Skip to main content

Do you realise what you just did? You just bet against the American economy.

The Big Short
(2015)

(SPOILERS, if you've been seclusion for the past decade) Adam McKay’s adaptation of Michael Lewis’ 2010 book The Big Short: Inside the Doomsday Machine is fuelled as much by admiration as indignation. Not for what this collection of speculators achieved (triggering the 2007 financial crisis, from whence nothing will e’er be the same again, no matter how hard we try to kid ourselves), but for their perceptiveness and acumen. The movie inhabits similar territory to the ruinous financial tomfoolery we saw in The Wolf of Wall Street – highlighting the absence of any semblance of a moral or ethical component within capitalism – albeit it is demonstrably more forward in leading its audience by the nose. But that’s okay, nay essential; it needs to be in order to explain itself. The Big Short takes an unashamedly accessible approach to exposing the seemingly impenetrable underpinnings of the sub-prime crisis and, through the closest thing a movie of if-not-villains-then-questionably-motivated-hucksters has to an arbiter of what went down (Steve Carrell’s incendiary hedge fund manager Mark Baum), expresses acute outrage amid the prevailing mirth of disbelief.


The Big Short fits into that cross-pollinated genre in latter years identified as dramedy, although simply labelling it a straight-up satire might be more helpful. McKay (Anchorman, The Other Guys, which also got stuck into the instigators of the financial crisis, specifically the looting of pension funds; in a sobering end credits animation, it explains Ponzi schemes and furnishes figures for the costs of the crisis on average Joes) is a natural for going broad, what with his “outrageous mind” and all, so this doesn’t have the same deftness and craftsmanship Scorsese brought to Wolf. But then, if a subject deserved a sledgehammer, it’s this one. Even given that supporting player Brad Pitt had taken another Lewis book that was on the face of it unlikely movie material, Moneyball, to significant success (Pitt co-produced both), McKay, adapting with Charles Randolph, only got the go-ahead from Paramount on condition he made Anchorman 2.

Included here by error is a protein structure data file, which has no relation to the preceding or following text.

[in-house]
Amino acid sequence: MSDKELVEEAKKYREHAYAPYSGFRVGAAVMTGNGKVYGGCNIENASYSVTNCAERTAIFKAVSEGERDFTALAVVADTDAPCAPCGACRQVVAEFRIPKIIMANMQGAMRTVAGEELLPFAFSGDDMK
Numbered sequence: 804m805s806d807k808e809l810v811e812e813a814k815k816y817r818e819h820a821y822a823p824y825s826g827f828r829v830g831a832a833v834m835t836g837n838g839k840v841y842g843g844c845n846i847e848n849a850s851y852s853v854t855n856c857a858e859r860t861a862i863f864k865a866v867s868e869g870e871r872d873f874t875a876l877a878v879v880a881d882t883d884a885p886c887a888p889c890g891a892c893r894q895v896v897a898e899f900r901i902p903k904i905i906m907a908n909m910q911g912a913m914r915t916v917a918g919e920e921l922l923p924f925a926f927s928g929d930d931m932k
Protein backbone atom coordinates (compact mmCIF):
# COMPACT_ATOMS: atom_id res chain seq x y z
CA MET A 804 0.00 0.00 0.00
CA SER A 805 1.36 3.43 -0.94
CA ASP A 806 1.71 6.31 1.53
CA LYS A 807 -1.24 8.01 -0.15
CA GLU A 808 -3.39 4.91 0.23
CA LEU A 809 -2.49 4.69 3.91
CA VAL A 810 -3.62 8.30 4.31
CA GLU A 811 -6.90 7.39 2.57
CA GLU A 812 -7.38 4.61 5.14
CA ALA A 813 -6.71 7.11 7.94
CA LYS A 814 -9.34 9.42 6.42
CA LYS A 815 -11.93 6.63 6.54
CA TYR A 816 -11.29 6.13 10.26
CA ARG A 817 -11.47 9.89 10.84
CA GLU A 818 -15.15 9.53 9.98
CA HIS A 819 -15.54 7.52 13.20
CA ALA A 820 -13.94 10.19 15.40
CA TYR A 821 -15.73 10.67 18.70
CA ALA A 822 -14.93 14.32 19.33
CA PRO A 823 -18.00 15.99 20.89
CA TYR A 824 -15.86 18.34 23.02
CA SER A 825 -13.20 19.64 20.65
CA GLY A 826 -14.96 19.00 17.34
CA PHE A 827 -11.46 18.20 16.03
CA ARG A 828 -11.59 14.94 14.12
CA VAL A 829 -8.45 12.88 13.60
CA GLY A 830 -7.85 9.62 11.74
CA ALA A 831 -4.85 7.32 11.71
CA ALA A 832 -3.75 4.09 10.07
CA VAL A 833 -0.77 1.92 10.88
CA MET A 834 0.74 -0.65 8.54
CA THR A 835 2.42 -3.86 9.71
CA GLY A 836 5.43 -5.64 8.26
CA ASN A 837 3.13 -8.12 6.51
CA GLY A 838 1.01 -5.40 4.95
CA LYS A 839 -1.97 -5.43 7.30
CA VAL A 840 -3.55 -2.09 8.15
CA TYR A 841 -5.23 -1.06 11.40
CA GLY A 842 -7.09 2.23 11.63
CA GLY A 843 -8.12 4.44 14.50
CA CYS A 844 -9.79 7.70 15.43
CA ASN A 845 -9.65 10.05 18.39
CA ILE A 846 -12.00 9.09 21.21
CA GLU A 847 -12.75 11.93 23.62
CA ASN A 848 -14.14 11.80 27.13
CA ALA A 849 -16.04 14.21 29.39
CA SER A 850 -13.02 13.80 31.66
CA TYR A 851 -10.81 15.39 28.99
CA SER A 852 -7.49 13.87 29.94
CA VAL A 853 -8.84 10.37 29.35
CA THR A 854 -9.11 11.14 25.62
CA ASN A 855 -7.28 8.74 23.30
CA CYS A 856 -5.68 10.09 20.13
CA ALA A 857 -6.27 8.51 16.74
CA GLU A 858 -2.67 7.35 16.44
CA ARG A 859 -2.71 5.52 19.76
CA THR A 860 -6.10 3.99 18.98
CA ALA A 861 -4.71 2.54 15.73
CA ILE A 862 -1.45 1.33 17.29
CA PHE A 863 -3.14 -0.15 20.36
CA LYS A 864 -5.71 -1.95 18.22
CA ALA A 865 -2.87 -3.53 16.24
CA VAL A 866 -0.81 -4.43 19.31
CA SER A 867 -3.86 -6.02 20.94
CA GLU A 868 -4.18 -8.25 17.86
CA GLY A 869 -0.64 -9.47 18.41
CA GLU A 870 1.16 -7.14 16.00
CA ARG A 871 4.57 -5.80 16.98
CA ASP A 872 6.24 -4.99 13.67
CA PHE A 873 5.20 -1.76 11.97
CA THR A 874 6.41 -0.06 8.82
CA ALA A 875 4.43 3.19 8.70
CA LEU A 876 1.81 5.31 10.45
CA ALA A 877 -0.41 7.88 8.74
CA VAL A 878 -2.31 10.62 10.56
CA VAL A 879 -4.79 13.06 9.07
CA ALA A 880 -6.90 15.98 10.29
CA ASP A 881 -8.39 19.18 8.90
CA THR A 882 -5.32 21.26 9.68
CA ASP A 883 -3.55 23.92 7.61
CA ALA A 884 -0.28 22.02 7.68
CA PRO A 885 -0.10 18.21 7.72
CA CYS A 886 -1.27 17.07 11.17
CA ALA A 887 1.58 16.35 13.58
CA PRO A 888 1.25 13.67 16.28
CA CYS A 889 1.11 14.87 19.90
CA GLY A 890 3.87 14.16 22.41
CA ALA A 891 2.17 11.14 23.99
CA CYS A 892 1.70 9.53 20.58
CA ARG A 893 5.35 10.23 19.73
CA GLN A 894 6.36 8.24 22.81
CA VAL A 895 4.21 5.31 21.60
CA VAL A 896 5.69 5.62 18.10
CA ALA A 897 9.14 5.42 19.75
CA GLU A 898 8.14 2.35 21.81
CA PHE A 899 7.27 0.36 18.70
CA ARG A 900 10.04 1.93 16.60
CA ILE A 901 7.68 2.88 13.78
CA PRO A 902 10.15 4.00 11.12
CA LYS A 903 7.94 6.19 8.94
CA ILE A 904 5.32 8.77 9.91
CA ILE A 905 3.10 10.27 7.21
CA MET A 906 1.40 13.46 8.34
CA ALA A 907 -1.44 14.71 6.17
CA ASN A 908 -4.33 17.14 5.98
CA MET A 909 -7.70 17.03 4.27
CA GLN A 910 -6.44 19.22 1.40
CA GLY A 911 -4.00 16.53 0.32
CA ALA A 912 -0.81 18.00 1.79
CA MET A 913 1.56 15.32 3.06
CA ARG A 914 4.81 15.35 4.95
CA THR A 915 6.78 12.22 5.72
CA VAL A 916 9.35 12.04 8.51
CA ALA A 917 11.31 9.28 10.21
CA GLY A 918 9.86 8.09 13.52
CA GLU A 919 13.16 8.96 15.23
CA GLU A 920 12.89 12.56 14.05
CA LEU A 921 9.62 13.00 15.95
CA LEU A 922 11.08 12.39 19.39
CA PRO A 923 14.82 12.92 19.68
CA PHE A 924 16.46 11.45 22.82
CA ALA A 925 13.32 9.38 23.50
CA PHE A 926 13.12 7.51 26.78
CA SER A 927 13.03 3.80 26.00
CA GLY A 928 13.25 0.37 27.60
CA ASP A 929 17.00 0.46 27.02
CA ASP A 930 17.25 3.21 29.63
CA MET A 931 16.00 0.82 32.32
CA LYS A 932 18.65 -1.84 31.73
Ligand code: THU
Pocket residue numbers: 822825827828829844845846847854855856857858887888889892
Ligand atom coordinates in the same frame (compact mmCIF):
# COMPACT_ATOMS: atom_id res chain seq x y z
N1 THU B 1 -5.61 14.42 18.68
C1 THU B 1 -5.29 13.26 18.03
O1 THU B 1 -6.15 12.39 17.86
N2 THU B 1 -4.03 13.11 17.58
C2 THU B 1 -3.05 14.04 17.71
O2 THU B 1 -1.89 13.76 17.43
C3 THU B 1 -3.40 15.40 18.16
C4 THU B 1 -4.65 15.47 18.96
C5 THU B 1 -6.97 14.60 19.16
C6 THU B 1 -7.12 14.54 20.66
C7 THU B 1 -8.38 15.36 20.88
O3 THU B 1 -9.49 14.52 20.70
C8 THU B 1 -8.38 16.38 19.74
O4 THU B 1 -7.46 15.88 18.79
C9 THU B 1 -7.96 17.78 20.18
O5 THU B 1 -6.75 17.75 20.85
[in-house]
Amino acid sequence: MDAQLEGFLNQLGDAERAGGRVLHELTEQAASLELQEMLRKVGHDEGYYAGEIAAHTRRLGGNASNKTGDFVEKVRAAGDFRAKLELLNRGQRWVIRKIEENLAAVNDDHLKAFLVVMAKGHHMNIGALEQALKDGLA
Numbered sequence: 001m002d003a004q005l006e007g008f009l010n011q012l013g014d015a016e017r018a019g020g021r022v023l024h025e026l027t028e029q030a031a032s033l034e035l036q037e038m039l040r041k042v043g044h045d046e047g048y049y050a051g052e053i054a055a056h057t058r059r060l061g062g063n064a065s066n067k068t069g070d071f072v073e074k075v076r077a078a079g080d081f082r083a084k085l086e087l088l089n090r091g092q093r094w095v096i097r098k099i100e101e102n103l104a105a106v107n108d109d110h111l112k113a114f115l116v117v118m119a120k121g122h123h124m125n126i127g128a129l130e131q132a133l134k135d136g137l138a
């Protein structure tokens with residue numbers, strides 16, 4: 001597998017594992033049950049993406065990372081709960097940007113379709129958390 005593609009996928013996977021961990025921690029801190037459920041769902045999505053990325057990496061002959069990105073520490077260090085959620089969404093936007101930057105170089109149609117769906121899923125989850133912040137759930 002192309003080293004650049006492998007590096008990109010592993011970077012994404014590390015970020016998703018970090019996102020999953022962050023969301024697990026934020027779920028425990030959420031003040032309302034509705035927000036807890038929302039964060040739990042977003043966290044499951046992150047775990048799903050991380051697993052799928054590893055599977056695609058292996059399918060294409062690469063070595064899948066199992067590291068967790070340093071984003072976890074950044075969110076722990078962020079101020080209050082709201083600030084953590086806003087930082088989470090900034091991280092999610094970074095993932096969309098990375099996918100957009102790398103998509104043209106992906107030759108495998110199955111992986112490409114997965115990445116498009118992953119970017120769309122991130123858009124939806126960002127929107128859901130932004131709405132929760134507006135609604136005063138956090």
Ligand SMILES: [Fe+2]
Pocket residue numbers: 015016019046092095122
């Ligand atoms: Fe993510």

Average Joes are barely in evidence in The Big Short. Aside from quick-cut montages, their representative is a dutiful tenant (compounding the injustice of losing his home, his daughter has only just started school; those McKay broad strokes) whose landlord has been failing his repayments. Attempts to emphasise the other side amid the self-involved excitement of the main characters’ gold rush fever is also in evidence when Brad Pitt’s Ben Rickert cuts his young protégées off during their celebrations and chides them to ponder the ramifications of what they have just done. Mainly, though, McKay shrewdly avoids wallowing in the misery the rich getting richer has fostered, simply because he wants people to actually go see his movie. And Carrell’s blistering, apoplectically indignant Baum channels the main message without bringing everyone down, man. Better to reach an audience through anger and laughter than turn them off with despair.